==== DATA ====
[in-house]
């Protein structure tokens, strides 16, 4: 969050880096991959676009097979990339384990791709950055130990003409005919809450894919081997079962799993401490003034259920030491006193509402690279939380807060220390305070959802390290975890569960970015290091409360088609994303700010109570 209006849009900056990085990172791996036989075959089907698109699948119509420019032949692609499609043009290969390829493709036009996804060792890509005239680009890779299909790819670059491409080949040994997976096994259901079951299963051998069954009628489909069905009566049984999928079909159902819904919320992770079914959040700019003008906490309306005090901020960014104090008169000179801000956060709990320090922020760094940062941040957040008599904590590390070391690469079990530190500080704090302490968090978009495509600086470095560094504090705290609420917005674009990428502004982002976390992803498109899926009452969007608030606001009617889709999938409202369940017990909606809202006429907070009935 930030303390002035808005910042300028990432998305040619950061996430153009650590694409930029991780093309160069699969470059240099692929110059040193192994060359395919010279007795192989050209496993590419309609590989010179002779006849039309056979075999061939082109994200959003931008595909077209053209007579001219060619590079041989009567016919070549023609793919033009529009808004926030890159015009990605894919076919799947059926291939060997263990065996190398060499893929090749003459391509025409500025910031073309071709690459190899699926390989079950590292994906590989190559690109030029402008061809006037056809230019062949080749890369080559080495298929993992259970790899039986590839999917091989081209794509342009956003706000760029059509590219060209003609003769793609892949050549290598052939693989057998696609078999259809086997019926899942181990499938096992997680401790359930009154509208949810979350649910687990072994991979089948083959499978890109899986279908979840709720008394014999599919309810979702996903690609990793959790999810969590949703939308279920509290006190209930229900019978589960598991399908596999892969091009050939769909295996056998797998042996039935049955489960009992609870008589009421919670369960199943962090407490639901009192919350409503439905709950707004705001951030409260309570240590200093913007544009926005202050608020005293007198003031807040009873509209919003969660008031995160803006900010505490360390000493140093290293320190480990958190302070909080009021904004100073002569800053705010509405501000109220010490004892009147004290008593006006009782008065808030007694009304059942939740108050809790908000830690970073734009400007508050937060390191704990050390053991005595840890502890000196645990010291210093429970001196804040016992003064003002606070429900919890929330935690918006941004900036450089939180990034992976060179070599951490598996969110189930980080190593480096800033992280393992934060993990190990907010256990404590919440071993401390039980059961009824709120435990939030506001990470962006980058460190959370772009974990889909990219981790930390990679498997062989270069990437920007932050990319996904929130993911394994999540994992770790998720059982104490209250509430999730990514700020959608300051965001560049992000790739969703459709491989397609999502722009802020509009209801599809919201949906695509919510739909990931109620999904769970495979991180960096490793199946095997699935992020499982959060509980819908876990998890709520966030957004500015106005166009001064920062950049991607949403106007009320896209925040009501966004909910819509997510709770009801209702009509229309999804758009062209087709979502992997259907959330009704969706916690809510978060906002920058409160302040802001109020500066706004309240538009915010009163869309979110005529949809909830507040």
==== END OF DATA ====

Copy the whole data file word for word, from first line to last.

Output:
[in-house]
């Protein structure tokens, strides 16, 4: 969050880096991959676009097979990339384990791709950055130990003409005919809450894919081997079962799993401490003034259920030491006193509402690279939380807060220390305070959802390290975890569960970015290091409360088609994303700010109570 209006849009900056990085990172791996036989075959089907698109699948119509420019032949692609499609043009290969390829493709036009996804060792890509005239680009890779299909790819670059491409080949040994997976096994259901079951299963051998069954009628489909069905009566049984999928079909159902819904919320992770079914959040700019003008906490309306005090901020960014104090008169000179801000956060709990320090922020760094940062941040957040008599904590590390070391690469079990530190500080704090302490968090978009495509600086470095560094504090705290609420917005674009990428502004982002976390992803498109899926009452969007608030606001009617889709999938409202369940017990909606809202006429907070009935 930030303390002035808005910042300028990432998305040619950061996430153009650590694409930029991780093309160069699969470059240099692929110059040193192994060359395919010279007795192989050209496993590419309609590989010179002779006849039309056979075999061939082109994200959003931008595909077209053209007579001219060619590079041989009567016919070549023609793919033009529009808004926030890159015009990605894919076919799947059926291939060997263990065996190398060499893929090749003459391509025409500025910031073309071709690459190899699926390989079950590292994906590989190559690109030029402008061809006037056809230019062949080749890369080559080495298929993992259970790899039986590839999917091989081209794509342009956003706000760029059509590219060209003609003769793609892949050549290598052939693989057998696609078999259809086997019926899942181990499938096992997680401790359930009154509208949810979350649910687990072994991979089948083959499978890109899986279908979840709720008394014999599919309810979702996903690609990793959790999810969590949703939308279920509290006190209930229900019978589960598991399908596999892969091009050939769909295996056998797998042996039935049955489960009992609870008589009421919670369960199943962090407490639901009192919350409503439905709950707004705001951030409260309570240590200093913007544009926005202050608020005293007198003031807040009873509209919003969660008031995160803006900010505490360390000493140093290293320190480990958190302070909080009021904004100073002569800053705010509405501000109220010490004892009147004290008593006006009782008065808030007694009304059942939740108050809790908000830690970073734009400007508050937060390191704990050390053991005595840890502890000196645990010291210093429970001196804040016992003064003002606070429900919890929330935690918006941004900036450089939180990034992976060179070599951490598996969110189930980080190593480096800033992280393992934060993990190990907010256990404590919440071993401390039980059961009824709120435990939030506001990470962006980058460190959370772009974990889909990219981790930390990679498997062989270069990437920007932050990319996904929130993911394994999540994992770790998720059982104490209250509430999730990514700020959608300051965001560049992000790739969703459709491989397609999502722009802020509009209801599809919201949906695509919510739909990931109620999904769970495979991180960096490793199946095997699935992020499982959060509980819908876990998890709520966030957004500015106005166009001064920062950049991607949403106007009320896209925040009501966004909910819509997510709770009801209702009509229309999804758009062209087709979502992997259907959330009704969706916690809510978060906002920058409160302040802001109020500066706004309240538009915010009163869309979110005529949809909830507040």